Jackie Chan and other film luminaries feted at motion picture academy’s Governors Awards


Months after weathering the tumultuous #OscarsSoWhite controversy — and just days after an earth-shaking and deeply divisive presidential election — Hollywood insiders largely set aside politics Saturday evening at the motion picture academy’s eighth Governors Awards to pay tribute to four very different talents: editor Anne V. Coates, casting director Lynn Stalmaster, documentary filmmaker Frederick Wiseman and action-comedy star Jackie Chan.

A chance to honor filmmaking luminaries for their lifetime contributions to the art form and a key early stop on the awards season campaign circuit, the ceremony at the Ray Dolby Ballroom in the Hollywood & Highland Center brought together many of the industry’s biggest power players as well as actors and filmmakers looking to gain traction in this year’s Oscar race.

While questions about Donald Trump’s ascension to the presidency abounded on the red carpet, despite the controversies that have roiled the industry and the country at large over the last year, the mood at the non-televised ceremony was generally relaxed and upbeat.


Director Judd Apatow and actress Leslie Mann were all smiles as they mingled with Broadway star Lin-Manuel Miranda. Damien Chazelle, director of the much buzzed-about romantic musical “La La Land,” chatted warmly with 20th Century Fox Chairman and Chief Executive Stacey Snider. Young stars like Felicity Jones, Emma Stone and Greta Gerwig rubbed elbows with older ones like Helen Mirren, Bruce Dern and Warren Beatty.

At one point, Tom Hanks and Annette Bening began spontaneously dancing between the tables as a live band played swing music — a moment that seemed to encapsulate the evening’s overall message that, for all the troubles in the world today, we still have the movies. (“The country is in ruins!” one young actress could be overheard saying with comically exaggerated horror during the cocktail reception, only to be reassured by her companion that at least her next film would still be coming out soon.)

“Tonight is an opportunity to remind us of what we love about movies — not just the fact that they can entertain and enlighten us but how, in certain times, they can connect us, change us and unify us,” academy President Cheryl Boone Isaacs told the crowd in her introductory remarks.

While last year’s Governors Awards, which honored Spike Lee, Debbie Reynolds and Gena Rowlands, were permeated with talk of the lack of diversity in the industry, Boone Isaacs pointed to progress that has since been made in terms of diversifying the ranks of the academy and launching initiatives aimed at bringing more inclusion to the industry.

“We’re not at the mountaintop yet, but we can see the peak up ahead,” she said. “Imagine the difference it will make when we open our industry to reflect the complete mosaic and diversity of our world and the movements and conversations it can trigger.”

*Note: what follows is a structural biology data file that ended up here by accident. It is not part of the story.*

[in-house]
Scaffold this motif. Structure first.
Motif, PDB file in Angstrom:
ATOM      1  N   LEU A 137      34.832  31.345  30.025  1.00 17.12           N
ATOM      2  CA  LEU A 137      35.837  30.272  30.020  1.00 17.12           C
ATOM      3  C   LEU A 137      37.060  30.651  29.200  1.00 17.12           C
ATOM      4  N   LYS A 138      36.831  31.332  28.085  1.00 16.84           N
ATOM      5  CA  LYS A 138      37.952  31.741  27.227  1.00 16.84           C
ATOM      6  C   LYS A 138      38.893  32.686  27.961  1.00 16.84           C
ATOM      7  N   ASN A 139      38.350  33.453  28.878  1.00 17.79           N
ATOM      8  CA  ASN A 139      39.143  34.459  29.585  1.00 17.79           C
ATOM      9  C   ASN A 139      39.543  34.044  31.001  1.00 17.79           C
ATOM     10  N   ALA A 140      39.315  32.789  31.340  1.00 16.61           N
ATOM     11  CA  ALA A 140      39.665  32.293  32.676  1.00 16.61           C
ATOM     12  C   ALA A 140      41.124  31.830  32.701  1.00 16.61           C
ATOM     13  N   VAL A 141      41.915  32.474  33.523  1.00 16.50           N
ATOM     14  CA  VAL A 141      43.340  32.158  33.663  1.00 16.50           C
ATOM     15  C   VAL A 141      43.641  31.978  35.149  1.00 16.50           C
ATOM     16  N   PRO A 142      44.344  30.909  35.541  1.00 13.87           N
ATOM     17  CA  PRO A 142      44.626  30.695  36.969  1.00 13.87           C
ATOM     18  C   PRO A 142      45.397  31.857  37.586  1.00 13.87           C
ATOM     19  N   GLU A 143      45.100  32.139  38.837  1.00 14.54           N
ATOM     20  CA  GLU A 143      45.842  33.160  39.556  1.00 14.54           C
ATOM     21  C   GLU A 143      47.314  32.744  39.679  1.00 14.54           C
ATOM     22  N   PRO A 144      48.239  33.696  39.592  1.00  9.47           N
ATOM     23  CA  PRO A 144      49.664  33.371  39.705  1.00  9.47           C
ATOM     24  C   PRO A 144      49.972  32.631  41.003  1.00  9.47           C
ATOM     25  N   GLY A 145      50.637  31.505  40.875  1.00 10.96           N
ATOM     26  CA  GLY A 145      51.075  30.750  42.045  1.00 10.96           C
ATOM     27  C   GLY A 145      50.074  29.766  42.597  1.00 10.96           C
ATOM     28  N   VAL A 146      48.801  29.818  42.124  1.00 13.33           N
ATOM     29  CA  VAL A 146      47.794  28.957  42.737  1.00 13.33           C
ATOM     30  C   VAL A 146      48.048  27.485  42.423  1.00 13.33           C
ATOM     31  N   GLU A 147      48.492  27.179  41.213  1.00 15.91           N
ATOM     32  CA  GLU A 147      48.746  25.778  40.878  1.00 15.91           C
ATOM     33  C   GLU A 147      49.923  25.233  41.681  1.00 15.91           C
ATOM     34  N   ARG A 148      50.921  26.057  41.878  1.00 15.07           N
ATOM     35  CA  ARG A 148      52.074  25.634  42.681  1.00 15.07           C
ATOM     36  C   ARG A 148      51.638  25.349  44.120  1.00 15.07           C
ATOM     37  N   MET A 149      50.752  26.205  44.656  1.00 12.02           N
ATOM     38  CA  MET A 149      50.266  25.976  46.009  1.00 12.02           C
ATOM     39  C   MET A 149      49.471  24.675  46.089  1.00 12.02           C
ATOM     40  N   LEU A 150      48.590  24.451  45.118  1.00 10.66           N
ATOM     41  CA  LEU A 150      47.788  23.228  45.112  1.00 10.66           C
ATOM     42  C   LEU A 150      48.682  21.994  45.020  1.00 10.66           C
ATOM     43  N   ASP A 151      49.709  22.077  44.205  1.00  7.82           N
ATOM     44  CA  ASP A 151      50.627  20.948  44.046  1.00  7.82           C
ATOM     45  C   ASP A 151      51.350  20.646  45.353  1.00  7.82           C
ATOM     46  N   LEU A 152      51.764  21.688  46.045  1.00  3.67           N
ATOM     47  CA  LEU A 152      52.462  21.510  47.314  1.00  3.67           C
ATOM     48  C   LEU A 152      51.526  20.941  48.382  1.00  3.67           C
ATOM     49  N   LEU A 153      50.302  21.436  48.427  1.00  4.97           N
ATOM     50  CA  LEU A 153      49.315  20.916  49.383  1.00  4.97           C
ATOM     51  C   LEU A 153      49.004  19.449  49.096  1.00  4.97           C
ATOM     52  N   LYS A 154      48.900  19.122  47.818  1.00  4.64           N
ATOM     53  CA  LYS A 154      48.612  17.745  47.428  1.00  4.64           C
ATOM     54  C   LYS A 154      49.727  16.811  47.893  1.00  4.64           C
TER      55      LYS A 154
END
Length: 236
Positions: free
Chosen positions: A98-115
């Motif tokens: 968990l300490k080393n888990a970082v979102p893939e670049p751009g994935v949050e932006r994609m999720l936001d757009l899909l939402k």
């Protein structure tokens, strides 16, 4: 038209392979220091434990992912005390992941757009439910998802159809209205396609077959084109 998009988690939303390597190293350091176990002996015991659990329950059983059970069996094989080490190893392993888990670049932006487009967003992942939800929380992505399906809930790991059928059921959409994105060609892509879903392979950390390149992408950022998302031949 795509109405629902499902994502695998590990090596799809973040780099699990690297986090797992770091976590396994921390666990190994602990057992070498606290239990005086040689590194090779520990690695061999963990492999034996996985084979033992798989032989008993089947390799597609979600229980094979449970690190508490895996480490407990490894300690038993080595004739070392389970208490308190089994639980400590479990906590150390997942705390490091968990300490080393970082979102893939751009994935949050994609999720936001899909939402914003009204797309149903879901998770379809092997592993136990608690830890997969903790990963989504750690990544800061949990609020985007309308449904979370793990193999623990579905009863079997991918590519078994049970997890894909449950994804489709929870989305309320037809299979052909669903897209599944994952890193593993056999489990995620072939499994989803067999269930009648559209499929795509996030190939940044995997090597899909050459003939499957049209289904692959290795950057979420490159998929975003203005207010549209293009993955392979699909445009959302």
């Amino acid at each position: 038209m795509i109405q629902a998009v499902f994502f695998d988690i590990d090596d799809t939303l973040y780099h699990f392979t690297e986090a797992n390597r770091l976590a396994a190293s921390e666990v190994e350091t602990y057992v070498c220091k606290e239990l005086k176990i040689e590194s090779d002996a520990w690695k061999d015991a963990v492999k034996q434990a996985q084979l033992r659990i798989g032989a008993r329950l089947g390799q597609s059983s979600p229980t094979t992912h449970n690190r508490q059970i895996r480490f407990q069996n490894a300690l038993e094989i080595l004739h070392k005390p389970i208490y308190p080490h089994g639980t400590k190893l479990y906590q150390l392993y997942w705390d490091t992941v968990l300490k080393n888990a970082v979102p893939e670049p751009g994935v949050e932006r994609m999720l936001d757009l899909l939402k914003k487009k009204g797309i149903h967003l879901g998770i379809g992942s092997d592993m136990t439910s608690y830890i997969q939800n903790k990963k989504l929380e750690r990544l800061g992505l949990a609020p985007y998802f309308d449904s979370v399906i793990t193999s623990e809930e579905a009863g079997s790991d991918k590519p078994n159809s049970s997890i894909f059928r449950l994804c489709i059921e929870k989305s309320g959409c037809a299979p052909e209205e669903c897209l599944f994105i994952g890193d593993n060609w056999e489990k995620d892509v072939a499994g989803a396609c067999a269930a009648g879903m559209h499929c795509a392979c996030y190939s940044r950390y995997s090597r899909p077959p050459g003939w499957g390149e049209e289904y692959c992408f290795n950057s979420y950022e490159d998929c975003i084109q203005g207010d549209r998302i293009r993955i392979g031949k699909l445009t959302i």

Introduced by actor Jeff Bridges as “the master caster,” Stalmaster, 88, became the first person ever to win an Oscar for casting in recognition of his work on classic films such as “West Side Story,” “The Graduate,” “Harold and Maude” and “Tootsie.”

“I treasure the ongoing relationships I’ve had with so many actors: Jeff Bridges, Bruce Dern, Andy Garcia, Martin Landau, John Travolta and Christopher Reeve, who I loved as a human being as well as his talent,” Stalmaster said, his voice breaking with emotion. “So many gifted individuals have touched my life.”

A pioneer among female editors, the British Coates won an Oscar for her work on David Lean’s 1962 epic “Lawrence of Arabia” and was nominated for four other films including “The Elephant Man” and “Out of Sight.” Accepting her award, she told the crowd that, at age 90, she felt blessed to have had such a fulfilling career.

“Can you imagine a job where you’re actually paid to look into the eyes of George Clooney, Peter O’Toole, Richard Burton, Peter Finch, Sean Connery, Albert Finney, Clint Eastwood, Richard Gere, Daniel Craig, Arnold Schwarzenegger and Mr. ‘Five Shades of Grey’ himself, Jamie Dornan?” she said wryly.

Wiseman was honored for his work illuminating various social, cultural and government institutions in renowned documentary films like “Titicut Follies,” “High School,” “Law and Order,” “Public Housing” and “La Danse.”

Documentary filmmaker Alex Gibney told The Times that Wiseman’s fly-on-the-wall observational-style films offer compelling glimpses of everyday people struggling with varying degrees of success with societal issues.

“It’s really a revelation, and, even after Trump’s election, it gives you a tremendous sense of hope,” Gibney said. “Because you see this kind of willingness on a local level to get together and solve some problems.”

“I think it’s as important to document kindness, civility and generosity of spirit as it is to show cruelty, banality and indifference,” Wiseman, 86, said as he accepted the award.

Introducing Chan, whose blend of martial-arts prowess and Buster Keaton-style physical comedy has made him one of the biggest film stars on the global stage, Hanks acknowledged that the genres in which Chan works have “been for some reason, shall we say, historically underrepresented at the Oscars.”

Indeed, Chan, 62, said in his acceptance speech that getting an Oscar is the fulfillment of a dream he thought might never be realized — one that dated back at least 23 years to the first time he touched an Oscar at Sylvester Stallone’s house.

“Standing here is a dream,” he said warmly. “After 56 years in the film industry, making more than 200 films, breaking so many bones, finally this is mine.”

Twitter: @joshrottenberg